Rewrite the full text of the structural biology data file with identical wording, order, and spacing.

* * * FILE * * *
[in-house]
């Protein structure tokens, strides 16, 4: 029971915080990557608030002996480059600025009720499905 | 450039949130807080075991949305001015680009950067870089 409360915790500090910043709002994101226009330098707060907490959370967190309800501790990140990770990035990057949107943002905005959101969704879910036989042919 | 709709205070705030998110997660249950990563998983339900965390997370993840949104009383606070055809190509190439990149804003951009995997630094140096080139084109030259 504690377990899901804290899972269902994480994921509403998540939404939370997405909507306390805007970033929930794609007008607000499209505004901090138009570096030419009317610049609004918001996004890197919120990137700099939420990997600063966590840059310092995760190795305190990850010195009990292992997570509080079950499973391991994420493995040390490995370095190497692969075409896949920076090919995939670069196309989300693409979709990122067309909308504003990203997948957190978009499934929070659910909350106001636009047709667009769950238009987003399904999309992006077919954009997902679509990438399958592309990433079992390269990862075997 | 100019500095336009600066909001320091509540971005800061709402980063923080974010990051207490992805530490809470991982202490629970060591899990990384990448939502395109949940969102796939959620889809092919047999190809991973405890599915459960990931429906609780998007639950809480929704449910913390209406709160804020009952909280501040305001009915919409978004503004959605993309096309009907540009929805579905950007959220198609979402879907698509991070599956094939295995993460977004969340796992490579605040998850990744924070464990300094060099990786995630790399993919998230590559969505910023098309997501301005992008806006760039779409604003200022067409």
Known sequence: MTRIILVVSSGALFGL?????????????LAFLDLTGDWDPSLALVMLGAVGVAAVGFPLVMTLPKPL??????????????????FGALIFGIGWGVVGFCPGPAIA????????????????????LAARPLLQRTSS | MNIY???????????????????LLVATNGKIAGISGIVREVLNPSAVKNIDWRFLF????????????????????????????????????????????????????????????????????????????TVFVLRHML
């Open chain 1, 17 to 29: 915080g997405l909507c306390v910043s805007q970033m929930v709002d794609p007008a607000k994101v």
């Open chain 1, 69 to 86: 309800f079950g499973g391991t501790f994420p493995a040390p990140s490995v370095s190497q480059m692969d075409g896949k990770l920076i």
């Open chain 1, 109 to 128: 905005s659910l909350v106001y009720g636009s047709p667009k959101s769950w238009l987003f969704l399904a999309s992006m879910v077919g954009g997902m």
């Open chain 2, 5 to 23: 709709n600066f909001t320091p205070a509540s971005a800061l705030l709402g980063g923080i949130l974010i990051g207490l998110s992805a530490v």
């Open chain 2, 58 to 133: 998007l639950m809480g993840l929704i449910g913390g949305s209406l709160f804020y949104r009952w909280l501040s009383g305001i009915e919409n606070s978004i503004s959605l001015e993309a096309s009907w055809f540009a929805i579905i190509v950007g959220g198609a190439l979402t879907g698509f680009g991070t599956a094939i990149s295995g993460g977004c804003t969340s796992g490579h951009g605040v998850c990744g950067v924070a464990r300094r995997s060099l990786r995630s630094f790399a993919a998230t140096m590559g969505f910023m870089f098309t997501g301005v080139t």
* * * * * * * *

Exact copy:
[in-house]
């Protein structure tokens, strides 16, 4: 029971915080990557608030002996480059600025009720499905 | 450039949130807080075991949305001015680009950067870089 409360915790500090910043709002994101226009330098707060907490959370967190309800501790990140990770990035990057949107943002905005959101969704879910036989042919 | 709709205070705030998110997660249950990563998983339900965390997370993840949104009383606070055809190509190439990149804003951009995997630094140096080139084109030259 504690377990899901804290899972269902994480994921509403998540939404939370997405909507306390805007970033929930794609007008607000499209505004901090138009570096030419009317610049609004918001996004890197919120990137700099939420990997600063966590840059310092995760190795305190990850010195009990292992997570509080079950499973391991994420493995040390490995370095190497692969075409896949920076090919995939670069196309989300693409979709990122067309909308504003990203997948957190978009499934929070659910909350106001636009047709667009769950238009987003399904999309992006077919954009997902679509990438399958592309990433079992390269990862075997 | 100019500095336009600066909001320091509540971005800061709402980063923080974010990051207490992805530490809470991982202490629970060591899990990384990448939502395109949940969102796939959620889809092919047999190809991973405890599915459960990931429906609780998007639950809480929704449910913390209406709160804020009952909280501040305001009915919409978004503004959605993309096309009907540009929805579905950007959220198609979402879907698509991070599956094939295995993460977004969340796992490579605040998850990744924070464990300094060099990786995630790399993919998230590559969505910023098309997501301005992008806006760039779409604003200022067409």
Known sequence: MTRIILVVSSGALFGL?????????????LAFLDLTGDWDPSLALVMLGAVGVAAVGFPLVMTLPKPL??????????????????FGALIFGIGWGVVGFCPGPAIA????????????????????LAARPLLQRTSS | MNIY???????????????????LLVATNGKIAGISGIVREVLNPSAVKNIDWRFLF????????????????????????????????????????????????????????????????????????????TVFVLRHML
């Open chain 1, 17 to 29: 915080g997405l909507c306390v910043s805007q970033m929930v709002d794609p007008a607000k994101v």
């Open chain 1, 69 to 86: 309800f079950g499973g391991t501790f994420p493995a040390p990140s490995v370095s190497q480059m692969d075409g896949k990770l920076i």
């Open chain 1, 109 to 128: 905005s659910l909350v106001y009720g636009s047709p667009k959101s769950w238009l987003f969704l399904a999309s992006m879910v077919g954009g997902m």
């Open chain 2, 5 to 23: 709709n600066f909001t320091p205070a509540s971005a800061l705030l709402g980063g923080i949130l974010i990051g207490l998110s992805a530490v």
């Open chain 2, 58 to 133: 998007l639950m809480g993840l929704i449910g913390g949305s209406l709160f804020y949104r009952w909280l501040s009383g305001i009915e919409n606070s978004i503004s959605l001015e993309a096309s009907w055809f540009a929805i579905i190509v950007g959220g198609a190439l979402t879907g698509f680009g991070t599956a094939i990149s295995g993460g977004c804003t969340s796992g490579h951009g605040v998850c990744g950067v924070a464990r300094r995997s060099l990786r995630s630094f790399a993919a998230t140096m590559g969505f910023m870089f098309t997501g301005v080139t």